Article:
As the renewables industry contemplates the future of technology, we contend, as we have in the past, that materials science will have the greatest impact on forthcoming cost reductions. With significant investments being made in R&D, we see a few classes of materials which deserve special attention, and potentially some additional investment.
By Philip Totaro, Founder & CEO, IntelStor
Power conversion efficiency
While most renewable energy systems operate at over 90% power conversion efficiency, there is still room for improvement. Synthetic materials look poised to make a dramatic impact.
Graphene and germanene are two emerging synthetic materials that could improve system-level electrical conversion efficiency by 5–7% while reducing mass of the generation and electrical systems.
According to the University of Manchester, which first uncovered graphene in 2004, ‘It is ultra-light, yet immensely tough. It is 200 times stronger than steel, but is incredibly flexible. It is fire resistant yet retains heat. It is a superb conductor, but not even helium can pass through it.’
Similarly, germanene, which was developed in 2014 by a team of European researchers, can be used in a transistor that would remain at room temperature but increase output due to the power density of the material. This would mitigate the need for expensive and bulky cooling systems on electrical converters and generators/motors and potentially improve durability by up to 50% for certain electrical system components.
The processing technology for development and mass production of synthetic materials has significantly improved lately, but wide-scale commercial use of power electronics or energy storage products comprised of these wonder materials is still several years off.
In the interim, silicon carbide (SiC)-based transistors are actively being investigated for use in converters, and are already commercialised for some solar applications. SiC-based insulated-gate bipolar transistors (IGBTs) offer much higher performance at the same temperature levels as conventional IGBTs. Nevertheless, scaling of the supply of SiC-based IGBTs will be necessary to achieve a cost/benefit parity.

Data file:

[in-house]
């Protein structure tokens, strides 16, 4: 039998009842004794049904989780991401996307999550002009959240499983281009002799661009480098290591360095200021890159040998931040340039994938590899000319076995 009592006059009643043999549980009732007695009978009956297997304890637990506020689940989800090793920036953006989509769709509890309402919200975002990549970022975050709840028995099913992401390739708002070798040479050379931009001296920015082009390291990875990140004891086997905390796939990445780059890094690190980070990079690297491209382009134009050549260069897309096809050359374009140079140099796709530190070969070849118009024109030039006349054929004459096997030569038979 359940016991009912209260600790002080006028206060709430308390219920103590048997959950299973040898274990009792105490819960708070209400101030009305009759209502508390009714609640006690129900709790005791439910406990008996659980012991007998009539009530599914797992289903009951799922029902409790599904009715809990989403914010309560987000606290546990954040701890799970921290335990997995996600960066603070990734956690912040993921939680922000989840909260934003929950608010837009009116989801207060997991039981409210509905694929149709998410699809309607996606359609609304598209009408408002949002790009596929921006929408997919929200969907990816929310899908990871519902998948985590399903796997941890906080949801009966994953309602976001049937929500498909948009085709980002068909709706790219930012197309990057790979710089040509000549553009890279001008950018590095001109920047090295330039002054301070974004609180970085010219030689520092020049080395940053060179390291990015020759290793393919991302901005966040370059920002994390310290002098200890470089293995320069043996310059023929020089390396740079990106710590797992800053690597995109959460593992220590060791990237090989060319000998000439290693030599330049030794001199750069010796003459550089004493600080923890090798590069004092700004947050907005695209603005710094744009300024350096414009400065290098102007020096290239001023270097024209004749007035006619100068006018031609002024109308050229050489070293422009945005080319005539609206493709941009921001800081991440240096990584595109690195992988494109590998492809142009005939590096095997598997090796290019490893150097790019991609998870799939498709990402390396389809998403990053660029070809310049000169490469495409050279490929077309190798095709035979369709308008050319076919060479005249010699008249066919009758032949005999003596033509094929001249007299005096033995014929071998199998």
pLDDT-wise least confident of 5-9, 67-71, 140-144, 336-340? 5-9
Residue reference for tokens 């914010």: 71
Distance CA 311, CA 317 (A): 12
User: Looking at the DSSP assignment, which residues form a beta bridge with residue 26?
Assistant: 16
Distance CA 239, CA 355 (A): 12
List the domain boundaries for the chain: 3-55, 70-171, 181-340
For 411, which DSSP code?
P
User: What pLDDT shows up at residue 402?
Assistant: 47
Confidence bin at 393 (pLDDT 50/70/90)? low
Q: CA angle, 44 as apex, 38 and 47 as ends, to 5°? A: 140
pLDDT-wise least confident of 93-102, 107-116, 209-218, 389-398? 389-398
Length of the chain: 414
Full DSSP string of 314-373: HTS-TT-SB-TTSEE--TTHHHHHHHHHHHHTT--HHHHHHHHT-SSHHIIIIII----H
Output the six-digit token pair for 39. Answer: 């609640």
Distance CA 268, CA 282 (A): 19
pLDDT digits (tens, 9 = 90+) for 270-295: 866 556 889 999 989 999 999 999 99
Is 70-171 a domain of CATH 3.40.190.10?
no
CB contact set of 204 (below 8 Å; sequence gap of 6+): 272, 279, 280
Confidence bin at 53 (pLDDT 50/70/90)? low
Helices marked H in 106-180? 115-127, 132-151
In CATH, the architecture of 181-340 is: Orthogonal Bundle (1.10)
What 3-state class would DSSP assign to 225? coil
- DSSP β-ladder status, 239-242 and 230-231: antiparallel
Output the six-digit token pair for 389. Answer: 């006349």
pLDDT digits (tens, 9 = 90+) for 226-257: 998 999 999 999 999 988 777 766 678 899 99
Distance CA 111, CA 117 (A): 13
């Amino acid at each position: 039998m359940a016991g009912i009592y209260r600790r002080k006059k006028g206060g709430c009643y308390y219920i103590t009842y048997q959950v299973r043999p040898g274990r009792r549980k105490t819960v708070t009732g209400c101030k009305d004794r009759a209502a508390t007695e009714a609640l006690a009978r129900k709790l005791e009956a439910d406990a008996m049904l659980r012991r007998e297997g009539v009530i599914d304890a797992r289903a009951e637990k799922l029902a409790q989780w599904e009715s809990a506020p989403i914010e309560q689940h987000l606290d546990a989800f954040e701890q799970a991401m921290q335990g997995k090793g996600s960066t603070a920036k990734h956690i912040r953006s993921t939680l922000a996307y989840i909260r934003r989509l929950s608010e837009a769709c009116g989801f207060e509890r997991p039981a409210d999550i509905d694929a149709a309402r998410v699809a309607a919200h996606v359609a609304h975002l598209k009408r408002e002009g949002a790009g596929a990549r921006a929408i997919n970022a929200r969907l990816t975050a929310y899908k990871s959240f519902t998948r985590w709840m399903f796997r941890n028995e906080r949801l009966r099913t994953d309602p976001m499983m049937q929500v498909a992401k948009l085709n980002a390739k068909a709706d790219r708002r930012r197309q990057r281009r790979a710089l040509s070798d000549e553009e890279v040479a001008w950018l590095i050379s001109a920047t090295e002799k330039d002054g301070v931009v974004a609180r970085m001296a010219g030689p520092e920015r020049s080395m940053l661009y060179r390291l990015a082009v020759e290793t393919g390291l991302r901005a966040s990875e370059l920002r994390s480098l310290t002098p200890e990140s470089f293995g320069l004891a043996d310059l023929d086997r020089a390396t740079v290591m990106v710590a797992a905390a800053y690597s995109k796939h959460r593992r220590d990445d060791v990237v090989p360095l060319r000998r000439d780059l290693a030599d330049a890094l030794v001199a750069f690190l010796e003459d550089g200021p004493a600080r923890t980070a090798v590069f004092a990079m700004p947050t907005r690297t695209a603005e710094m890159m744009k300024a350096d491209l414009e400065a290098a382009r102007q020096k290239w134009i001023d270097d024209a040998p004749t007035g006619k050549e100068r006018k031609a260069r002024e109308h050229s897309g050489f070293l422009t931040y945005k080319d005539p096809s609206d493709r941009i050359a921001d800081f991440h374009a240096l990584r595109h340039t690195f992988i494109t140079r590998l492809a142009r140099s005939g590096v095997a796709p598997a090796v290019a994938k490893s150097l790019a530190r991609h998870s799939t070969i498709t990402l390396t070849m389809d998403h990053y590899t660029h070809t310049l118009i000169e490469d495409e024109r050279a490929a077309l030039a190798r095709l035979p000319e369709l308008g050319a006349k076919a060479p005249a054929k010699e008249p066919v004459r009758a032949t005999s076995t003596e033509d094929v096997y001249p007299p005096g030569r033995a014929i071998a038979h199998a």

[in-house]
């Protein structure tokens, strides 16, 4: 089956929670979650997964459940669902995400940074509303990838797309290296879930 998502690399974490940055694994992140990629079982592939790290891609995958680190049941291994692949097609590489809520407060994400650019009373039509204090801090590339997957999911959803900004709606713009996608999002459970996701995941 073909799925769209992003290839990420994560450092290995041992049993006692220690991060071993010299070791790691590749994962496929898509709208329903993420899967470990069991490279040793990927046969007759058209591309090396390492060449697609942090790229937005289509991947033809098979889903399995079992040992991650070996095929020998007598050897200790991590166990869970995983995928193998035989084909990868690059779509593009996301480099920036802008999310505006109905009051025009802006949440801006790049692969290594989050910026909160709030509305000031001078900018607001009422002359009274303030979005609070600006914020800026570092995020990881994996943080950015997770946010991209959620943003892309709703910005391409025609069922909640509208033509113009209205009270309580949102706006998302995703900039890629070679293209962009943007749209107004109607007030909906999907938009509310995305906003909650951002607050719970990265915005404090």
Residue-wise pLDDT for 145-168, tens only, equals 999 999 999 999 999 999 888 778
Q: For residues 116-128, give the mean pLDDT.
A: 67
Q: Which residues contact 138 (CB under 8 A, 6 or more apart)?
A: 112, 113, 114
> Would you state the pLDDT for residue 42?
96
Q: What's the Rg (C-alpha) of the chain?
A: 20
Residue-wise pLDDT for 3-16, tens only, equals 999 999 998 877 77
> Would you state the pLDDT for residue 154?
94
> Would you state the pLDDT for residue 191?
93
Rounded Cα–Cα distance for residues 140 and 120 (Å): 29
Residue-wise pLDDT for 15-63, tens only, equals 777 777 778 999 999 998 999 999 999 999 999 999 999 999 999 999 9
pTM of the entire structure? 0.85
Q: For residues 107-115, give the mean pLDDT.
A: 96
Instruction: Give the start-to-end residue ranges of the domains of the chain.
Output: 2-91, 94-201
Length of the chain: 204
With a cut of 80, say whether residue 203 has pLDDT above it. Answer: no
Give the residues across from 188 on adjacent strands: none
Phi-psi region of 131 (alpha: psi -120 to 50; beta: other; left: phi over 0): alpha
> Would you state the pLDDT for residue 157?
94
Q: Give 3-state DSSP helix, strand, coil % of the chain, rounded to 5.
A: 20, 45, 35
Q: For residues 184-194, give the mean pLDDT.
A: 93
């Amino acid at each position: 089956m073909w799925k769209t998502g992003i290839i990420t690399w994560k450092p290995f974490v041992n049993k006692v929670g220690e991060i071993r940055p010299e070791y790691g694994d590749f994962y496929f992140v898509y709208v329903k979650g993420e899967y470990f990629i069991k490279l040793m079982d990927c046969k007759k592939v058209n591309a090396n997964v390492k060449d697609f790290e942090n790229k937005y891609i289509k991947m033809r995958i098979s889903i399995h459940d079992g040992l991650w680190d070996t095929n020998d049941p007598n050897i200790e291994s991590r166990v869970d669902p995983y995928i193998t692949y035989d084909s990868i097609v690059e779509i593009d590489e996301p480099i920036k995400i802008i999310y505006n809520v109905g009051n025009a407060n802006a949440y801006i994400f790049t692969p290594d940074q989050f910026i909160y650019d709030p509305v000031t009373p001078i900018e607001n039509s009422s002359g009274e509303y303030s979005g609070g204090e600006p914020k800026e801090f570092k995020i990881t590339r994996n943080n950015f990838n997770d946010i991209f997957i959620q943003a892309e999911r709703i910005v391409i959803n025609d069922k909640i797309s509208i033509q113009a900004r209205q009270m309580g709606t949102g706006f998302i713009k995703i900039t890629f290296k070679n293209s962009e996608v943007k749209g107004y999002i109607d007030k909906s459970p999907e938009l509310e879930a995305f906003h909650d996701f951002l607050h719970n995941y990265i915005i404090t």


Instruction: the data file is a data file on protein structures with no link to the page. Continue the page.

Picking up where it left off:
Nanoparticles, essentially arrangements of carbon atoms in various configurations, have a multitude of applications from structural enhancement to energy efficiency. They are also currently being explored for their properties related to ice-phobic or erosion protection coatings, their addition to lubricant additives and as resurfacing agents. While the production of these nanoparticles has become more cost-effective, the manufacturing process to apply them to surfaces consistently and uniformly still requires more development.
Metal–composite hybrid materials which combine lighter weight composites with the durability of aluminium, zinc, copper or steel can enable the manufacture of structural components with slightly more mass than carbon fibre but at significantly lower cost. Look for these to show up in wind turbine blades in the near future.
We’re still a way off from 3D-printed 80m-long wind turbine blades, but expect to see more on this in a few years as sub-components manufactured with this technique are presently under evaluation.
All told, the materials revolution for renewables is set to have a profound impact. A keen eye will spot investment opportunities which will cultivate the next generation of commercially viable and cost-competitive renewables.